Before she was Pema Chödrön, she was Deirdre Blomfield-Brown. Born in New York City, she attended Miss Porter’s School in Connecticut and graduated from the University of California at Berkeley. She taught as an elementary school teacher for many years in both New Mexico and California.

Part of her brilliance lies in her ability to translate ancient wisdom to modern life, to identify with the worldly world while living in a remote abbey. Her teachings are tonglen are one example of this. There was a time when tonglen was a secret practice, given to advanced students. Now it's widespread in meditation circles.

For a detailed description, go here.

Essentially, it's a compassion practice in which the meditator takes on the suffering of another person and gives something beneficial -- peace, health, ease, love. It's sometimes called taking and sending or exchanging self and other. It's a way of dissolving the boundaries we erect around the self we want to protect and the messy world outside.

I learned it as a four-step process:

Flash on openness -- get a sense of space, of the wide blue sky, an open plain, a place without walls.
Imagine that you are breathing in thick, smoky, oily, polluted air. Breath out clear air.
Call to mind someone you know -- personally or through the news -- who is suffering. Please in their pain; breathe out an antidote. (Breathe in sadness; breathe out joy.)
Expand that to all beings who are suffering in that way.

When you're finished, do shamata or some other practice for a while to settle back into your being.

I know from experience that this is a heart-opening practice for the person who performs it. I've been told that the recipients also feel the compassionate energy, even if they don't know the practice is being done for them.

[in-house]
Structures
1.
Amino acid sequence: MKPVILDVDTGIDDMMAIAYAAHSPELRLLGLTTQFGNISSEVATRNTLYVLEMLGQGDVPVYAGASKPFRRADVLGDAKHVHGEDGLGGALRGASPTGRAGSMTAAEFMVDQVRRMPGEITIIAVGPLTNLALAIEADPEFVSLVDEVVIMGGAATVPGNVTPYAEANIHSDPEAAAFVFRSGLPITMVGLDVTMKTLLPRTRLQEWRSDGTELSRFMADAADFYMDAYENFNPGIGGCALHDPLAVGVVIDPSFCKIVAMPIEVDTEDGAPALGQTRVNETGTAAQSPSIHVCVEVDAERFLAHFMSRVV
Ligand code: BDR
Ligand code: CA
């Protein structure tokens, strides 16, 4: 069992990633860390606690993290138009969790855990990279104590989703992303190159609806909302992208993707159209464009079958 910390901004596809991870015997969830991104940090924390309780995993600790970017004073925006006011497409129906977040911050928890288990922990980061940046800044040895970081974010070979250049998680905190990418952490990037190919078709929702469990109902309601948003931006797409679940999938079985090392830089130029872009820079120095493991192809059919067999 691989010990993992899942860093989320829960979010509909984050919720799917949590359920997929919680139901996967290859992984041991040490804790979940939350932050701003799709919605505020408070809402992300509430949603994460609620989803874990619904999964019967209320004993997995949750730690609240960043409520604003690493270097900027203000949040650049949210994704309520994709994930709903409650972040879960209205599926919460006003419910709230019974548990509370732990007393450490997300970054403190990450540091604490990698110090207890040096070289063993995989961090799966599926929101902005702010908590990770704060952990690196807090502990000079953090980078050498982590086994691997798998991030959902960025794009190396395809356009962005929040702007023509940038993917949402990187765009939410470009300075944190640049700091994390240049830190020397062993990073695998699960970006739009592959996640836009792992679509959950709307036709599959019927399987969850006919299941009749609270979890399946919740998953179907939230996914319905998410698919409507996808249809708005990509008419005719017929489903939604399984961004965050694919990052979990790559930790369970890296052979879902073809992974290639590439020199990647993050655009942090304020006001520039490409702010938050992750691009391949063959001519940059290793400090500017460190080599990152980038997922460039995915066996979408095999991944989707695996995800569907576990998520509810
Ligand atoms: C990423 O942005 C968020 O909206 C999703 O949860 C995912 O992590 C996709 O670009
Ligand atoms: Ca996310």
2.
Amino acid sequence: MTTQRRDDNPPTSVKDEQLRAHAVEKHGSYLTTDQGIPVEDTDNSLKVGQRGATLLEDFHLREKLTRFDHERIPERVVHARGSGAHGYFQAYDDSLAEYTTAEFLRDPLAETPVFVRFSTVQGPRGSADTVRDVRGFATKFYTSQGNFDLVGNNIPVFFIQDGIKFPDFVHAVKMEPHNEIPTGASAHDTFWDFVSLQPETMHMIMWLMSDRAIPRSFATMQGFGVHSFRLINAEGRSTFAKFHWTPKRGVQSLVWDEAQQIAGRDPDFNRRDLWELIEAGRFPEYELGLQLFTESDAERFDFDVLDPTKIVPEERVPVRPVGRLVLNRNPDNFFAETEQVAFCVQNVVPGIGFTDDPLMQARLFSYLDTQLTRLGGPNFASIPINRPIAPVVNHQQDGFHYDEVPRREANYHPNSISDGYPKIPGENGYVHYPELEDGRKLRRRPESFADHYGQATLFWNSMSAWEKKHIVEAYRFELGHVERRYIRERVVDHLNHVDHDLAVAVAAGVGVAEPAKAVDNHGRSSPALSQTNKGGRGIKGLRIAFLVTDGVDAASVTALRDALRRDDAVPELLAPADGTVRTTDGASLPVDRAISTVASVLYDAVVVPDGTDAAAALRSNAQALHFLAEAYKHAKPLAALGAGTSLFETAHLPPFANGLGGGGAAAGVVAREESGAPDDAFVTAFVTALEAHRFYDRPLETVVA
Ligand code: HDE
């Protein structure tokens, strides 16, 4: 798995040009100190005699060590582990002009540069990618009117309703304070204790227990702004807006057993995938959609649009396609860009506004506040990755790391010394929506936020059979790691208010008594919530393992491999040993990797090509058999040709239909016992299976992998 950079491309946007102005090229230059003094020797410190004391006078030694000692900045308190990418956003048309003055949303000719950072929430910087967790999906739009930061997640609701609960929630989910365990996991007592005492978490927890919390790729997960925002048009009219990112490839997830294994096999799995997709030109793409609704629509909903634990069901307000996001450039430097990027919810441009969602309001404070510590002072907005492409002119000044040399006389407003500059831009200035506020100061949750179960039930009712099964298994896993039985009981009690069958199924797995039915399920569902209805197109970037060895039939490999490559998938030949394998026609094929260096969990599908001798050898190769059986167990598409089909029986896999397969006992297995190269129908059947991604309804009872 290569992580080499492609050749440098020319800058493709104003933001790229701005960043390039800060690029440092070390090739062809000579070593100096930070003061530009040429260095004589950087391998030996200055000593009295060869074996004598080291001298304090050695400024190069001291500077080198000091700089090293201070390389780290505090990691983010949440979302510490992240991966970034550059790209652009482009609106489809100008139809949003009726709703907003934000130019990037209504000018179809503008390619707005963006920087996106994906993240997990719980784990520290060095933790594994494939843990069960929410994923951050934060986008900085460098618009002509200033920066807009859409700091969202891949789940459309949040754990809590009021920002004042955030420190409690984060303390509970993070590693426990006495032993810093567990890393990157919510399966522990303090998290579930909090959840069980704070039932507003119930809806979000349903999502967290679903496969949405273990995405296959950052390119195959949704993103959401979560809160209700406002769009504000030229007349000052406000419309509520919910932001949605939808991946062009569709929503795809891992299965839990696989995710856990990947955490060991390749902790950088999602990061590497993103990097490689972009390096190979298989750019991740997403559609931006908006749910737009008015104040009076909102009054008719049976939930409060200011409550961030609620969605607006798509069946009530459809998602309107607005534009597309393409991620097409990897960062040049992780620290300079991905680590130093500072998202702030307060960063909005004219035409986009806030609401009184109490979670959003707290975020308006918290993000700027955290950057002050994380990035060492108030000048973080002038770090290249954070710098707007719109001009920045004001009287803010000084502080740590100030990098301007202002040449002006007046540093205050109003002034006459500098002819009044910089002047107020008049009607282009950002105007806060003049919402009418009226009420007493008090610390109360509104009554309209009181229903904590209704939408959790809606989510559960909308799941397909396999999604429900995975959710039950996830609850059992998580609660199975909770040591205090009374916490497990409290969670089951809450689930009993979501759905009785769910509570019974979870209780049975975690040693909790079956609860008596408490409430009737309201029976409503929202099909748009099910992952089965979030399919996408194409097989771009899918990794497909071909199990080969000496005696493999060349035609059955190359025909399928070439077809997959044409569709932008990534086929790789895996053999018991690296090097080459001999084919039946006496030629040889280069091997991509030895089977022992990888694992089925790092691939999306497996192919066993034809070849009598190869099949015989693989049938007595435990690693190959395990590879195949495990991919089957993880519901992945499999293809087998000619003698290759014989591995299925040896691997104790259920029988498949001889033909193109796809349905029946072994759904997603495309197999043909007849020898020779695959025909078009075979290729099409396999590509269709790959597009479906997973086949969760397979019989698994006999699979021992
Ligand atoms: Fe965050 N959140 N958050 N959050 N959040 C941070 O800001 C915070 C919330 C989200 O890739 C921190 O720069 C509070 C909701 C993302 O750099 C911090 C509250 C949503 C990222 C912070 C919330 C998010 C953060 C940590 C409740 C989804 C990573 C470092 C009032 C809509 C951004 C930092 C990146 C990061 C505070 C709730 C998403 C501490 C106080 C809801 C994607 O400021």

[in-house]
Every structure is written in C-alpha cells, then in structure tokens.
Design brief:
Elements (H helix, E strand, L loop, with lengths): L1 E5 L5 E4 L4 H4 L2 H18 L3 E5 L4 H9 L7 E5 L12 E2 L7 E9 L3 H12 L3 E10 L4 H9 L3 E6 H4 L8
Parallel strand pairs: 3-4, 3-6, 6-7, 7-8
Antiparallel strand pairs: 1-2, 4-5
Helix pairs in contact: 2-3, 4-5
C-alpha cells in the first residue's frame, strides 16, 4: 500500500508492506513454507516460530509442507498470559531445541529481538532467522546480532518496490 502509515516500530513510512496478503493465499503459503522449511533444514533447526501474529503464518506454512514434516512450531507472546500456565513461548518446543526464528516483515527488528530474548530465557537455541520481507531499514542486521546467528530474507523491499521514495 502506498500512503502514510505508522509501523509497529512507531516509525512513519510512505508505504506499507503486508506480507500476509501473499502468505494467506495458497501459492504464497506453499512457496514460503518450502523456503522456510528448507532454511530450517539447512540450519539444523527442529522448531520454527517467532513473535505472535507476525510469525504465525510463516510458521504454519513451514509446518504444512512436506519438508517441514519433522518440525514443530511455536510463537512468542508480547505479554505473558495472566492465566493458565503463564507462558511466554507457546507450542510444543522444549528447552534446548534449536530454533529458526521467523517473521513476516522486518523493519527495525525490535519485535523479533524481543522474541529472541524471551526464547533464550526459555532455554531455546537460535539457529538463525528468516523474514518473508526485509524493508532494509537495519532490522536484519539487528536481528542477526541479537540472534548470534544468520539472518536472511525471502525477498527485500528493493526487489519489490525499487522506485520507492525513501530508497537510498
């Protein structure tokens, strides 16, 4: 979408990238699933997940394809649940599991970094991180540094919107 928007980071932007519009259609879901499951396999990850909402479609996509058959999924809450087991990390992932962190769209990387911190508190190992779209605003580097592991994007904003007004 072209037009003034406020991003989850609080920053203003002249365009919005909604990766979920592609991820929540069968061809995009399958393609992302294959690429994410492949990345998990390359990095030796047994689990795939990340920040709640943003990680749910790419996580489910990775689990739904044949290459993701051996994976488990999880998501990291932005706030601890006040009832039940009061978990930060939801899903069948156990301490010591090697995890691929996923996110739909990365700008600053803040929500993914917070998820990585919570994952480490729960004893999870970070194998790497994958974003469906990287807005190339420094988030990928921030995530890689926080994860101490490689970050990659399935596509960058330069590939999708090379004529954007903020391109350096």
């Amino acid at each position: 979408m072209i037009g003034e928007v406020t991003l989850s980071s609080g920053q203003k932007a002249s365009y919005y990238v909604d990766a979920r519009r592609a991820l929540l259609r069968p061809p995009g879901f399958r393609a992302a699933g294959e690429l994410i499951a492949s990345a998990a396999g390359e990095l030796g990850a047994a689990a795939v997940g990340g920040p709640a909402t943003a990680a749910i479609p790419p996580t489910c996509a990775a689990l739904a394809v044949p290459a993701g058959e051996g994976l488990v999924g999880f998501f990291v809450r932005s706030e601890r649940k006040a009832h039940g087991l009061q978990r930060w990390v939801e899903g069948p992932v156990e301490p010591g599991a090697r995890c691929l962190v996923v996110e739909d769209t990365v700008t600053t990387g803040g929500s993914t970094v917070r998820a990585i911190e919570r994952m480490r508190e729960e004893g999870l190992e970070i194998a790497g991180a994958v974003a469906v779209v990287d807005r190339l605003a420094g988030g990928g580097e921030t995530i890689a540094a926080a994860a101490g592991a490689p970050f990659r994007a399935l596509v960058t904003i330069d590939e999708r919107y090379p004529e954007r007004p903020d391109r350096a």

Ani Pema's on retreat for all of 2012, but she's invited everyone to join her in meditation and practicing peace today. Details are on her website

I think I will picture a birthday cake with 76 candles, breathing in the smoky air from all the burning colored wax.

Breathing out, I wish that all beings may know the joy of clear-seeing.

Here is a video of Pema teaching tonglen:

Tuesday, July 10, 2012

Meditation reduces work stress: study

A new study finds that becoming more focused, productive and less stressed at work may involve nothing more than learning to meditate.

David Levy, a computer scientist and professor with the Information School at the University of Washington, found that those who had meditation training were able to stay on task longer and were less distracted. Levy and his co-authors discovered that meditation also improved test subjects' memory while easing their stress.

Some companies, such as Google, even teach their workers to meditate.

If yours doesn't, you can still sneak it in. Even if you're sitting a cubicle and you don't want to get a rep as the office meditator (not that there's anything wrong with that -- and maybe there would be things right with it if people notice your calm and focused demeanor and ask what your secret is) you can meditate at work.

Look at your computer screen or a document but soften your gaze so that you're not absorbing what's there. Focus instead on your breathing. Know that you're breathing in; know that you're breathing out. Focusing on your breath cuts off the fight-or-flight impulse and activates your parasympathetic nervous system.

Pick a number ahead of time or watch the clock on your computer. Consciously breath for 27 breaths or three minutes or whatever works for you. Go back to your task with a clearer mind.

You can do that many times a day.

A screensaver with drips of paint
And if you also practice at home, for 10 or 15 minutes or more, your body and mind learn to recognize that you're calming down, and you'll switch into it more quickly.